The Roman senators wore black shoes, and until sometime in the the late 19th or early twentieth century so did every boot or shoe-wearing man in England. There was a reason that polish was called boot black in those days after all. But once brown shoes were introduced and began to be worn in the English countryside, there was no turning back. Color had come to shoes.
Today, the conservative man continues to wear black shoes with his business garb. But the technology to color shoes was invented for the fairer sex, and experimental men have been using it in their shoe closets. In the top photograph, a pair of midnight blue elastic sided slipons at the fitting stage. They are so dark that they are visibly blue only in bright light. That is not however true of the pair in the second photo.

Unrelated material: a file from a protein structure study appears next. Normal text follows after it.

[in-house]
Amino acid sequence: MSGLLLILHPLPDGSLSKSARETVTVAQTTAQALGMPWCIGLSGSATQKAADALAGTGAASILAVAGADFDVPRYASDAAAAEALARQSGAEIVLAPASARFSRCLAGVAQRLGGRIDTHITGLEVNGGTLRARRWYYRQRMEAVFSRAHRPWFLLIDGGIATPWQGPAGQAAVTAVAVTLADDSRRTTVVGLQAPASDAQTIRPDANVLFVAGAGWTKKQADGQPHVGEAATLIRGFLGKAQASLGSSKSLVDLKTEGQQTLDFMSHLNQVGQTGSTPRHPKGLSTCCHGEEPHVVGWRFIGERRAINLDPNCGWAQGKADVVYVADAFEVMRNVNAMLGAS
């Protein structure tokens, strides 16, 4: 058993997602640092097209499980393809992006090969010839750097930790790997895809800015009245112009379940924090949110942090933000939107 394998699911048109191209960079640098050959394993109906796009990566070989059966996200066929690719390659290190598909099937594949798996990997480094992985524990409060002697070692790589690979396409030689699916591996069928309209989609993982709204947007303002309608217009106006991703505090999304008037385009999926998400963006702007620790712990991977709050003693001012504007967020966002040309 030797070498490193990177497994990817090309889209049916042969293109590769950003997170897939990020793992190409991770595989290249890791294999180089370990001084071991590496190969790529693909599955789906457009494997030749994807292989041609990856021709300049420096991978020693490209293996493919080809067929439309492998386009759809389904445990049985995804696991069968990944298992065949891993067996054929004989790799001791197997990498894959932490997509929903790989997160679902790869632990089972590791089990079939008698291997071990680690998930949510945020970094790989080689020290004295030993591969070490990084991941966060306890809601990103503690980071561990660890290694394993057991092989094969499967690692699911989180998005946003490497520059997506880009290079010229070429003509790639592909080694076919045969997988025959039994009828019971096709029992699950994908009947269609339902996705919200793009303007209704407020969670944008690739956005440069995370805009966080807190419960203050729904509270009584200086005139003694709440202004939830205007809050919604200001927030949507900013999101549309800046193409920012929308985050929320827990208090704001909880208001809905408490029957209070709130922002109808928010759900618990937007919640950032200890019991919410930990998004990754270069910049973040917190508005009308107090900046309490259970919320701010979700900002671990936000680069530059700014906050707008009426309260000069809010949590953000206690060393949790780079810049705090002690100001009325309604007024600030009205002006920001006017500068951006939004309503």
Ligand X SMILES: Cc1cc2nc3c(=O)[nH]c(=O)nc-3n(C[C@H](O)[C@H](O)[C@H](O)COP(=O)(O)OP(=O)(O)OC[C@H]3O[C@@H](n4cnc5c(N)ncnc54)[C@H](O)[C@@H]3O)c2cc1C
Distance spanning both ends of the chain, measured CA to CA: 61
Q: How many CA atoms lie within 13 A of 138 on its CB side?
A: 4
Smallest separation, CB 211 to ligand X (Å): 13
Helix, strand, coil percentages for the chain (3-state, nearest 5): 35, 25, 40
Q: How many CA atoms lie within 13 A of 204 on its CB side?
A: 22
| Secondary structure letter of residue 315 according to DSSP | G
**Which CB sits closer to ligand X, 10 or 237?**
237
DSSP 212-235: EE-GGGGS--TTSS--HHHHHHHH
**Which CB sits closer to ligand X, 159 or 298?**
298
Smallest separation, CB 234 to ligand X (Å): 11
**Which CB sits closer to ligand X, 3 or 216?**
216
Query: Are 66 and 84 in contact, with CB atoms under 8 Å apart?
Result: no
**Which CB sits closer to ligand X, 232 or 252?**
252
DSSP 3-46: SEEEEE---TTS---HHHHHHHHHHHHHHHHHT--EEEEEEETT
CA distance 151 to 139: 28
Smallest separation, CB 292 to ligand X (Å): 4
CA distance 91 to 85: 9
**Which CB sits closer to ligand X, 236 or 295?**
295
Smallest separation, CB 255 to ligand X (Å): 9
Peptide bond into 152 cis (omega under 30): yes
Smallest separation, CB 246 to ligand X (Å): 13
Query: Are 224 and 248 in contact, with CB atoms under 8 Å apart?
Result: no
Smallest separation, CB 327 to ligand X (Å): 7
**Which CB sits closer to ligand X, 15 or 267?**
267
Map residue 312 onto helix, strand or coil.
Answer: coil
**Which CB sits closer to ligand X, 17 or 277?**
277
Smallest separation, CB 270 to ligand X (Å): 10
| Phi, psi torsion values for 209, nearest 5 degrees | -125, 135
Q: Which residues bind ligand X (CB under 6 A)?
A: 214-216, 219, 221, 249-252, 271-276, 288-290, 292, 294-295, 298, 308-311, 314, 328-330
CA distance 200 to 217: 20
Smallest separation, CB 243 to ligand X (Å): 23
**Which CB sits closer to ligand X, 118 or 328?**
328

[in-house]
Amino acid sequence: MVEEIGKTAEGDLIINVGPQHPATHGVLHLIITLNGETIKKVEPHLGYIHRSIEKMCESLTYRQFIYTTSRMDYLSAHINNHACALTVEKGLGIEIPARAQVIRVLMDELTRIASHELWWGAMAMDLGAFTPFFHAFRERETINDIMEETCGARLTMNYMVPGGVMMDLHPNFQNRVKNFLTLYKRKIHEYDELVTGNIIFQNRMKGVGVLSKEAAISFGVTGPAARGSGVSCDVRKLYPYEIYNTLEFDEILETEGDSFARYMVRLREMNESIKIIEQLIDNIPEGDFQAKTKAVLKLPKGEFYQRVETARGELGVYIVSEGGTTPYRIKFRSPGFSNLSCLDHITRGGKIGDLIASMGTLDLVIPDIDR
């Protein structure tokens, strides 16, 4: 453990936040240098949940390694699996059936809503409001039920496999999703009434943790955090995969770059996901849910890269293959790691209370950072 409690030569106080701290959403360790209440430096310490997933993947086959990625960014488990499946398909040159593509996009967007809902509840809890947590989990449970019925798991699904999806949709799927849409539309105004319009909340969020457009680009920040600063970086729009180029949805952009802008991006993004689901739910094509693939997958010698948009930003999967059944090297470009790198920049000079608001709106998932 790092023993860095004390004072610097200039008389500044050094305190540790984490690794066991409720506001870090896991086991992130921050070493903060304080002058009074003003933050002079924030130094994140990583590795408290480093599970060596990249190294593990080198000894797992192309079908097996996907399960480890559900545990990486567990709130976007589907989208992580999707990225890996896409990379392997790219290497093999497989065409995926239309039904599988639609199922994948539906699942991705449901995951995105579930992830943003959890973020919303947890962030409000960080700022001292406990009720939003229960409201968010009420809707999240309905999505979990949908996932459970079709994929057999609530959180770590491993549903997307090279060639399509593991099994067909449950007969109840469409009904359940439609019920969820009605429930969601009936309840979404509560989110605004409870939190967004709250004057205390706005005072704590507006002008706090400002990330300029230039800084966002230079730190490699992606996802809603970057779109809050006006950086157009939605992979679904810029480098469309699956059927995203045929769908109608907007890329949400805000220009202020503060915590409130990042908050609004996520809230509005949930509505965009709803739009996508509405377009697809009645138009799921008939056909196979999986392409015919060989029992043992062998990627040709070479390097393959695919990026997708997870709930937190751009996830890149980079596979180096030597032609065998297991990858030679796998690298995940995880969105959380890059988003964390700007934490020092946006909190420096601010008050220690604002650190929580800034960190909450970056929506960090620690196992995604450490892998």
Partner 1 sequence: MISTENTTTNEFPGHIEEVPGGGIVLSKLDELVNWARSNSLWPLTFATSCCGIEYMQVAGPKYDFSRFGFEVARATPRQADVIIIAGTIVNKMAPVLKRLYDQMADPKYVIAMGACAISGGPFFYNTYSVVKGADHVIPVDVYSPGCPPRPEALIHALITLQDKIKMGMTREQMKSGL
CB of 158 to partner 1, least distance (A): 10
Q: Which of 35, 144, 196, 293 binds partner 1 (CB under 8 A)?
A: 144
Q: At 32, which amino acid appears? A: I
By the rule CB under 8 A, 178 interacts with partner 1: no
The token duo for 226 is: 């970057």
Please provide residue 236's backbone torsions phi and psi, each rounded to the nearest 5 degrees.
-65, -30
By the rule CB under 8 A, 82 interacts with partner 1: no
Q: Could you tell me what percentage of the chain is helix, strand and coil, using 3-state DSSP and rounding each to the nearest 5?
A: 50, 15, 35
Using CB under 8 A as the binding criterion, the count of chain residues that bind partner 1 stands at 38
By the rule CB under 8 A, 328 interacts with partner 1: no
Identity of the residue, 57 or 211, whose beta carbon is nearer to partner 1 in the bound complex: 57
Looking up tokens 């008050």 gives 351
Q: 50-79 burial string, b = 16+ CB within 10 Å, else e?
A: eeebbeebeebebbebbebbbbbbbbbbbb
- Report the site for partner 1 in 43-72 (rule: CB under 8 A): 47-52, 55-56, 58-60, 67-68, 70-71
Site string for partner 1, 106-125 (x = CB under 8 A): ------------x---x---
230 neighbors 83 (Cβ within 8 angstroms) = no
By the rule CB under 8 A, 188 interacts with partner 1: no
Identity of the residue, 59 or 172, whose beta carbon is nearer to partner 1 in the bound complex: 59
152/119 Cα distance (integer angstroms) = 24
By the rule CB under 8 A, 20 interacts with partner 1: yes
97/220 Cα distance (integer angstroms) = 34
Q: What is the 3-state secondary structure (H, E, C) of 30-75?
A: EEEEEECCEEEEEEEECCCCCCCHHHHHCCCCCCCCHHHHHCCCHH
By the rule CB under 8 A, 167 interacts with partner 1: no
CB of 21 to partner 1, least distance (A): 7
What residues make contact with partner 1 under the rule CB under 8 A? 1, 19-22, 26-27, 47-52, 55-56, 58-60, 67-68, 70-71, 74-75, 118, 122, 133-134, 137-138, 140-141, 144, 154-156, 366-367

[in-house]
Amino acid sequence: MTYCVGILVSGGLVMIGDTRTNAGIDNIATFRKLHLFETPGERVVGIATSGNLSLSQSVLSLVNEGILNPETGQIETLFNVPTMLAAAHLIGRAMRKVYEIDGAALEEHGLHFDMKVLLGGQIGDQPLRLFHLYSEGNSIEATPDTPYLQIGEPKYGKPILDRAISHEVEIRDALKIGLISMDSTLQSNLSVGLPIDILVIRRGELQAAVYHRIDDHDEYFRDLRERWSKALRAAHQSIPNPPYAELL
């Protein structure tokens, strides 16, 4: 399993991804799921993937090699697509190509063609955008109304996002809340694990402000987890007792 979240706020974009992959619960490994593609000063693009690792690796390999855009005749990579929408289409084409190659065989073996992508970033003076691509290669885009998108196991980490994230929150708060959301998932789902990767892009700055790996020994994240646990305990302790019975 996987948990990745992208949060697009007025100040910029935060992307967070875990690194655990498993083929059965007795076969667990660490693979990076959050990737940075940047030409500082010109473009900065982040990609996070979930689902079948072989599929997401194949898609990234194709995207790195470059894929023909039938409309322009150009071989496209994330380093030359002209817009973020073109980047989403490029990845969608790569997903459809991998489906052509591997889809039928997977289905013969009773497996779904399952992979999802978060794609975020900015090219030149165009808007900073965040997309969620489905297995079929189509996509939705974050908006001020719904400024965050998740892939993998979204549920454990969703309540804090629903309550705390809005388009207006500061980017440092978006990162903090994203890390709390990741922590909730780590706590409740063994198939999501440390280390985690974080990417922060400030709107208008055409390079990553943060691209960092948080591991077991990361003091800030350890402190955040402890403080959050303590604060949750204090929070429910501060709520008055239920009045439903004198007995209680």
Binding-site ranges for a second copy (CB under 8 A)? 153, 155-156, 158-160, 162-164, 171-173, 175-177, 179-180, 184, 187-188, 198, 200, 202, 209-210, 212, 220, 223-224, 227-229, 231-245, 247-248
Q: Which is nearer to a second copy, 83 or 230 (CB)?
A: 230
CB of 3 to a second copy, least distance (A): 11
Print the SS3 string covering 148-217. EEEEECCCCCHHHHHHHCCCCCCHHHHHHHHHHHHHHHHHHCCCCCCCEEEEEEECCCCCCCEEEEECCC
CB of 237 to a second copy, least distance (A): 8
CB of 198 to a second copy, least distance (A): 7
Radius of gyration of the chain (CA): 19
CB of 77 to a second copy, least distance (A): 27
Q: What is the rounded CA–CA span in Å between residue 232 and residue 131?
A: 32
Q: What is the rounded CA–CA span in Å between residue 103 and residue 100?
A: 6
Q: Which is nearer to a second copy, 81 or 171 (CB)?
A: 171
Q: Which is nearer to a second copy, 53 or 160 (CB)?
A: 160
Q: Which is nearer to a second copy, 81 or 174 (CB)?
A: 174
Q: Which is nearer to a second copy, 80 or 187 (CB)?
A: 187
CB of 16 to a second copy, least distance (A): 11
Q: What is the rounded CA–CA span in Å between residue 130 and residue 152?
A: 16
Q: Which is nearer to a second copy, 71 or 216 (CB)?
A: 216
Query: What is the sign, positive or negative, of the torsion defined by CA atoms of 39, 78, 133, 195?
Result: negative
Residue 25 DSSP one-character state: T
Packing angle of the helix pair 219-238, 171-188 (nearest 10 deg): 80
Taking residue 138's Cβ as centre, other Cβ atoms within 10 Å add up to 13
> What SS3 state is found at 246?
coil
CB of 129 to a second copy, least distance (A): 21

Now that the Rubicon has been crossed of course, there is no telling where we may be headed. Parisian makers like Corthay have been using color for some time now. And according to George Glasgow at G. J. Cleverley & Co,, nearly a third of the shoes ordered by their Singapore customers this year were blue.
Green may be next.
Photos: G. J. Cleverley & Co.